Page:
Just over a year ago, my partner David hitched a ride with our good friend Karlo Colon about an hour and a half north of the city to hang out with the folks from the Hudson Valley Seed Library. The Hudson Valley Seed Library is a great organization that each year makes available heirloom seeds to the public. But instead of packaging the seeds in any old seed packets, the seeds are sold in packets with original artwork done by regional artists, and it just so happens that this year my partner was chosen as one of the artists.

Each fall, the Seed Library hosts an art exhibit where the original prints can be viewed and purchased. This year, there will also be an exhibit of 2011 artwork at the Horticultural Society of New York. Don't miss this opportunity to see amazing work by local artists.

Contemporary Heirlooms:
Art from the Hudson Valley Seed Library

December 9 - 23, 2010

Opening Reception: Thursday, December 9th, from 6:30 to 8:00pm

The Horticultural Society of New York is pleased to present Contemporary Heirlooms: Art from the Hudson Valley Seed Library as part of its continuing exhibitions program featuring plant-based art.

The exhibition showcases for the first time in New York City original artworks commissioned by the Hudson Valley Seed Library for their unique Art Pack seed collection. Each season, the Seed Library looks for a diverse range of artists to interpret the herbs, flowers and vegetables from their catalog for the designs of their seed packets. The focus this year was on the heirloom varieties currently available through the Seed Library. All sixteen artworks from the 2011 collection will be on view. Drawing from a range of different styles, materials, and experience, Contemporary Heirlooms includes works in a variety of mediums, including collage, encaustics, oil, ink, watercolor and digital art by a diverse selection of artists.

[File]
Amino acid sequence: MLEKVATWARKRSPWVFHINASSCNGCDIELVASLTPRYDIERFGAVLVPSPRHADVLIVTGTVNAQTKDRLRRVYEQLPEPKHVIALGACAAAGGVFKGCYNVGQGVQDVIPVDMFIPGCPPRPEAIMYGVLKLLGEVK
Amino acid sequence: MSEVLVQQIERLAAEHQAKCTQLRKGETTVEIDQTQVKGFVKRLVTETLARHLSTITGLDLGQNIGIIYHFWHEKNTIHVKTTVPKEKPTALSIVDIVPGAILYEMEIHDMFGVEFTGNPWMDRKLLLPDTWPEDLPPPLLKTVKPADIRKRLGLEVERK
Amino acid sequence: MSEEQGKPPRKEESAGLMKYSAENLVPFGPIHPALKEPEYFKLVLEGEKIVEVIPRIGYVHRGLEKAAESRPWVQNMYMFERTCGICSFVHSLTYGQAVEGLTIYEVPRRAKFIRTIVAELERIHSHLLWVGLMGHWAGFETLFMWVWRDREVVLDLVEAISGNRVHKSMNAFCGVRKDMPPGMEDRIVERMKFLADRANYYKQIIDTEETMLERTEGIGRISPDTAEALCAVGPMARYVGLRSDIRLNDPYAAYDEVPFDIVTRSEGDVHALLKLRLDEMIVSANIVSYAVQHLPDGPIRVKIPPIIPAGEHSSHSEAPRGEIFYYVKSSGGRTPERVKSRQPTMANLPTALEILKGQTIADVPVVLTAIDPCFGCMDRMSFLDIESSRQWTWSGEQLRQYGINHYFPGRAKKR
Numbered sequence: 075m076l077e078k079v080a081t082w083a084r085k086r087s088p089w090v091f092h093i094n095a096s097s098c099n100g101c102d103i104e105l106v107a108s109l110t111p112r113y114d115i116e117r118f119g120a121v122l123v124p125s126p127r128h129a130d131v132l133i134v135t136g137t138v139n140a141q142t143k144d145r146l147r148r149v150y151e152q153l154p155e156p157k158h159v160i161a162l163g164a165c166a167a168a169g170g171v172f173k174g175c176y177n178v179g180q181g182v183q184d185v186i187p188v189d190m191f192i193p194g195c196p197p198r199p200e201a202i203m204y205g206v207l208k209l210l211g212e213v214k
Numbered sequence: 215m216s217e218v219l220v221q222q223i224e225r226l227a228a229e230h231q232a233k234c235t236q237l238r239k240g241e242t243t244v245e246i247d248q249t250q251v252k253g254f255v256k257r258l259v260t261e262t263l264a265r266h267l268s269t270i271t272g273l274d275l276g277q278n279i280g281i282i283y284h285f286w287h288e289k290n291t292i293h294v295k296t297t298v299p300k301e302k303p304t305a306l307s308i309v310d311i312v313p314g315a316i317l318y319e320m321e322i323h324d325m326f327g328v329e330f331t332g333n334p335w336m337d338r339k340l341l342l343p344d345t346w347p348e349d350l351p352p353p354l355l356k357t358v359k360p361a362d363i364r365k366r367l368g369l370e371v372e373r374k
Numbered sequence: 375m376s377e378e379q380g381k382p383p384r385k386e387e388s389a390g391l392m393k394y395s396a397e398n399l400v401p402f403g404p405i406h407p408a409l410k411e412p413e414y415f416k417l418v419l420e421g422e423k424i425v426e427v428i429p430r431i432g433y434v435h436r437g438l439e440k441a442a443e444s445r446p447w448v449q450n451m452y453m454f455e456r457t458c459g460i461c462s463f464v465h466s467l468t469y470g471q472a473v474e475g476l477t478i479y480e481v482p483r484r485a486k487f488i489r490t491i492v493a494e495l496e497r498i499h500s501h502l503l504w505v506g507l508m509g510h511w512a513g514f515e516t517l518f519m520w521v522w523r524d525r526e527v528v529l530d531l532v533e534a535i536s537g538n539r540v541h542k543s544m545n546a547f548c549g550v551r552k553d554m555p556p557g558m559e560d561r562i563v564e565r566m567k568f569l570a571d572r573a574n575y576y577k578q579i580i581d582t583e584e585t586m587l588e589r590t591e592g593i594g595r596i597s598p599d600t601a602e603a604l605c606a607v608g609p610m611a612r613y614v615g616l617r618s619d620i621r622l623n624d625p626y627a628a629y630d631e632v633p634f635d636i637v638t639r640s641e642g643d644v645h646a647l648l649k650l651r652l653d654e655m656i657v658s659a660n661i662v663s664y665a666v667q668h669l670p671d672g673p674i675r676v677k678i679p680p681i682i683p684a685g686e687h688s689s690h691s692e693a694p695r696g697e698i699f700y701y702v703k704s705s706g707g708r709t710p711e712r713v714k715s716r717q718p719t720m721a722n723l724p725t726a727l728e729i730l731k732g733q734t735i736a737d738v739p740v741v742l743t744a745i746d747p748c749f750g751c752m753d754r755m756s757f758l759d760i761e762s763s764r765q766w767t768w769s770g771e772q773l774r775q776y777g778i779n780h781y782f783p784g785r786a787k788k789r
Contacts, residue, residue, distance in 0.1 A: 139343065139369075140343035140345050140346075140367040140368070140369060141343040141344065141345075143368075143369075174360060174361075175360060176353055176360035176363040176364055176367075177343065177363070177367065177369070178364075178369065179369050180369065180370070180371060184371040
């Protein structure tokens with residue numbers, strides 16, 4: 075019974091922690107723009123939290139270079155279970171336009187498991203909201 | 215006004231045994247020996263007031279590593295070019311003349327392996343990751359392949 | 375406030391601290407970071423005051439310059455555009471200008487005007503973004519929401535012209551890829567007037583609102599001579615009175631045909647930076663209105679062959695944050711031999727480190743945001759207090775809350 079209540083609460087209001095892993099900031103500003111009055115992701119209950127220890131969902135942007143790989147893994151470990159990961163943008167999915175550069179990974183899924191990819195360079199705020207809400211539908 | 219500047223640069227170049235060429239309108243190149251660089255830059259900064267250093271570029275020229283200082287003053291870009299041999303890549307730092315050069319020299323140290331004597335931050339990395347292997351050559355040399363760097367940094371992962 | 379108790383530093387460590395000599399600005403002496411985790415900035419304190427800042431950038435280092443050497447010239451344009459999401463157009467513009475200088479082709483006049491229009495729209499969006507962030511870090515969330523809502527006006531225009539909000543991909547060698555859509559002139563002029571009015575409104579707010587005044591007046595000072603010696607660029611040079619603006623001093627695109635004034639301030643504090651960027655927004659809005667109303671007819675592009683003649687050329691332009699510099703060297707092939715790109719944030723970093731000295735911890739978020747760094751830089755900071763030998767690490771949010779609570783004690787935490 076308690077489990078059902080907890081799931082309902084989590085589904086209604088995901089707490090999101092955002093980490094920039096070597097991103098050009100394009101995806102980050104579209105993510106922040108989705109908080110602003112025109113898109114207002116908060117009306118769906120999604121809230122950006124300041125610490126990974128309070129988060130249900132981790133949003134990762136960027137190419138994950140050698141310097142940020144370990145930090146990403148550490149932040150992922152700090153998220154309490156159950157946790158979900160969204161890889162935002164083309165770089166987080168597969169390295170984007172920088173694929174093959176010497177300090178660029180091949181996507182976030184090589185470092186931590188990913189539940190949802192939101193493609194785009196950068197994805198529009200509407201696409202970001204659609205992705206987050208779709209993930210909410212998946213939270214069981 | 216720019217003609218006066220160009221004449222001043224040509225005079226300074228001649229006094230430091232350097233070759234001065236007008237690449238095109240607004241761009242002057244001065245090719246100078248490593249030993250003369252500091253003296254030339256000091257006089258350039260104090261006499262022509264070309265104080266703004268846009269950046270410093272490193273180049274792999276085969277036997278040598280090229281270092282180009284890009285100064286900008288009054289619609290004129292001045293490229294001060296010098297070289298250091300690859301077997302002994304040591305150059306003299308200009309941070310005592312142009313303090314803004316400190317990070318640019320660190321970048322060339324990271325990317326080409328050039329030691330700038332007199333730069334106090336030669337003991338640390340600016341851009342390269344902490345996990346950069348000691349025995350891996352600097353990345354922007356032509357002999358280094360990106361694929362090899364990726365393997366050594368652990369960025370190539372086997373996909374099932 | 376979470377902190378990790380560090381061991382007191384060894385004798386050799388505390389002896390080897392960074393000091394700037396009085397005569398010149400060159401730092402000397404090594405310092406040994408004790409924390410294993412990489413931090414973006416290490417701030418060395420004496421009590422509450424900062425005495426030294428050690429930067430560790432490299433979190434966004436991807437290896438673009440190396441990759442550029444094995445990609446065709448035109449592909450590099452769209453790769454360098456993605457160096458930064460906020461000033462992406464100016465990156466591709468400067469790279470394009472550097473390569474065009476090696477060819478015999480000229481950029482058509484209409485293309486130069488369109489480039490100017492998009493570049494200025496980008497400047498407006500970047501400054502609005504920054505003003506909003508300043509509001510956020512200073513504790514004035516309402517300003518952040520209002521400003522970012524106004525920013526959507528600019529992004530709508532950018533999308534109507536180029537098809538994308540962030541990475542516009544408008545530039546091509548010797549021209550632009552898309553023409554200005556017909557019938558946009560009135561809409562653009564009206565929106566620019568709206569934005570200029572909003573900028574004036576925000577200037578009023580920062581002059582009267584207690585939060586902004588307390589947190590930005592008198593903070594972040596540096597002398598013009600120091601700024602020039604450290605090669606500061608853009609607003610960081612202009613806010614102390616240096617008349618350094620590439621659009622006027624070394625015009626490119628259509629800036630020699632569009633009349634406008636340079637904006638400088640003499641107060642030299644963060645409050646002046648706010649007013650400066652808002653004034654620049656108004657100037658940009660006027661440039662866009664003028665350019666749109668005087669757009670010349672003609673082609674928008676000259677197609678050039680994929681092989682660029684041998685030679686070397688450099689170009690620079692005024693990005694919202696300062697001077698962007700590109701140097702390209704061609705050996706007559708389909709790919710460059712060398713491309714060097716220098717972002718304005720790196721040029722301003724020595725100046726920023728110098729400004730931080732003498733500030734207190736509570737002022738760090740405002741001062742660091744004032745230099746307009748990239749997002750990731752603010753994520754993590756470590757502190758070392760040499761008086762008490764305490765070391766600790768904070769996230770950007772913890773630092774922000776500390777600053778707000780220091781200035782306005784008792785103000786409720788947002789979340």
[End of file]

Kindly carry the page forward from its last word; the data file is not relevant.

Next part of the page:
The Art Packs were established to celebrate the beauty of heirloom gardening in New York. The collection is part of a long tradition of art in the Hudson Valley, stretching back to the Hudson River School in the 19th Century. In addition to being a vital region for food production, the region continues to be home to many artists. The diversity of the artwork and artists chosen is meant to reflect the genetic and cultural diversity of the varieties offered by the Seed Library and is emblematic of the region.

Founded in 2007 by Ken Greene and Doug Muller, and based in Accord, NY, the Hudson Valley Seed Library aims to create an accessible and affordable source of regionally-adapted seeds that is maintained by a community of caring farmers and gardeners. The Seed Library is member-driven and led by a simple principle: the 700 members receive seeds each spring and then are encouraged to return the seeds from the mature plants in the fall. Sold to the public, the 130 heirloom seeds varieties are divided into two categories: the "Library Packs", which include seeds grown locally by the Library members; and the "Garden Packs", which are seeds bought from wholesalers. By 2014, the Seed Library hopes that they will be able to exclusively sell locally grown seed.